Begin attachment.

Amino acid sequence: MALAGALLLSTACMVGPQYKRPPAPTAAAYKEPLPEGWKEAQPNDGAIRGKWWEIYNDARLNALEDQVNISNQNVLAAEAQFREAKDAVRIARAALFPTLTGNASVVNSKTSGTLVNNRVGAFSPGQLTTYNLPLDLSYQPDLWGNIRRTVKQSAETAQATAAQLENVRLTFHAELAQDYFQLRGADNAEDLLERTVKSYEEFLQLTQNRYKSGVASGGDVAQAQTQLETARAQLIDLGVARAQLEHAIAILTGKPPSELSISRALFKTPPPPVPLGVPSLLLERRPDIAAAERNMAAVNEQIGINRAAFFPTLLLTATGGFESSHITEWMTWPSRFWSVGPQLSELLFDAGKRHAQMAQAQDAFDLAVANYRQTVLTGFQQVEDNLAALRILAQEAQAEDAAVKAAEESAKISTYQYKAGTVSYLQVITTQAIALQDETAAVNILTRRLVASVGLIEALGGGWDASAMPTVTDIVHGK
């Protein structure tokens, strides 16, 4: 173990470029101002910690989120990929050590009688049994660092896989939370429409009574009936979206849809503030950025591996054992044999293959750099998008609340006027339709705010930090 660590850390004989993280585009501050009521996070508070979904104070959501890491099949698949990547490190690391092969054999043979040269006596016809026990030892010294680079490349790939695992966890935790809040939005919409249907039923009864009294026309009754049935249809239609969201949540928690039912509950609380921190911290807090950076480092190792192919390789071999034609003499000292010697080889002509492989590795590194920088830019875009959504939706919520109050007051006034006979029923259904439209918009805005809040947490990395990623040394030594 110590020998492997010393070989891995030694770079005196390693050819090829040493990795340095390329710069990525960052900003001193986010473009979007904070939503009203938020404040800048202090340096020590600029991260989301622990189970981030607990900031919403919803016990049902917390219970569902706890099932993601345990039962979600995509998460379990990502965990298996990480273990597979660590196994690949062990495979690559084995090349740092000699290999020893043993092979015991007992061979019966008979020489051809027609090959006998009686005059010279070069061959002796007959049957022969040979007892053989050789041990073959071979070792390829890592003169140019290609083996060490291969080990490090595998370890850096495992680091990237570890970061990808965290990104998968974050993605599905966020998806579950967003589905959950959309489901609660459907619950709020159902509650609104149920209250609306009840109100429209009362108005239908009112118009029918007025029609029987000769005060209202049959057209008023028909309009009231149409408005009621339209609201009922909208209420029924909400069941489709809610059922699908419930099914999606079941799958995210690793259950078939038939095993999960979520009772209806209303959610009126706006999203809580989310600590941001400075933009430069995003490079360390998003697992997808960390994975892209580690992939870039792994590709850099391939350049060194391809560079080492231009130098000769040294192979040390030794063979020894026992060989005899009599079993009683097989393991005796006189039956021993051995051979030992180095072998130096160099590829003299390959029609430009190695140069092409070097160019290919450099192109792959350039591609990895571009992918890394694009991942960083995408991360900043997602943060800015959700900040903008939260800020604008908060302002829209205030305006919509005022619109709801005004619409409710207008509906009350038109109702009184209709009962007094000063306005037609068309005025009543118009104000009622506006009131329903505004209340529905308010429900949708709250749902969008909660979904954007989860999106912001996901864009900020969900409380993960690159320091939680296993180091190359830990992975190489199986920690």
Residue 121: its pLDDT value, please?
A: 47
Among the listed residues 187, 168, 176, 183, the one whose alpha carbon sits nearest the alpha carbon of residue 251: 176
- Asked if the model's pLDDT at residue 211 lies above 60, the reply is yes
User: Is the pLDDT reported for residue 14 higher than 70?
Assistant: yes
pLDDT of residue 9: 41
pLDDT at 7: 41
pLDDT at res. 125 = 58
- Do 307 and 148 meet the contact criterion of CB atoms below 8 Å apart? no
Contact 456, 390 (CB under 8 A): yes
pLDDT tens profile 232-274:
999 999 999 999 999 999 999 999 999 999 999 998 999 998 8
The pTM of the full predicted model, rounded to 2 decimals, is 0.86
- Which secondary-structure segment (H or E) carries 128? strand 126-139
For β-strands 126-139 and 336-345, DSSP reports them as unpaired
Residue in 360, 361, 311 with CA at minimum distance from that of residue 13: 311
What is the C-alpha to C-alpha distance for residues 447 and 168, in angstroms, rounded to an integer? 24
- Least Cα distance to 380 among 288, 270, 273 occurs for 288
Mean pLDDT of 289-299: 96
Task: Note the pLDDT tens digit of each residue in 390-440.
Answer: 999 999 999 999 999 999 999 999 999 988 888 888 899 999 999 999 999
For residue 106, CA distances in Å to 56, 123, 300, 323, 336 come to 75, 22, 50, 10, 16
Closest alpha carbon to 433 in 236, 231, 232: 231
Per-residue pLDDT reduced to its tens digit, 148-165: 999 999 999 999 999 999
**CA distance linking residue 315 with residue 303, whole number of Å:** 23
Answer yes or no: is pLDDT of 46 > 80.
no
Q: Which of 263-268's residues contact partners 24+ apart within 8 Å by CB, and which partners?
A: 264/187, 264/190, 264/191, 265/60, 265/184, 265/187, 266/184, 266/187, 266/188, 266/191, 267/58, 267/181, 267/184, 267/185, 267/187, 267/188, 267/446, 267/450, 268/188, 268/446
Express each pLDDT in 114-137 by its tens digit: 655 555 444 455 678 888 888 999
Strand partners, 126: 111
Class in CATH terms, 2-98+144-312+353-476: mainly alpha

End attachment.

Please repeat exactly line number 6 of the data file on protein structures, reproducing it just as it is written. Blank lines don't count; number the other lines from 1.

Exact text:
- Asked if the model's pLDDT at residue 211 lies above 60, the reply is yes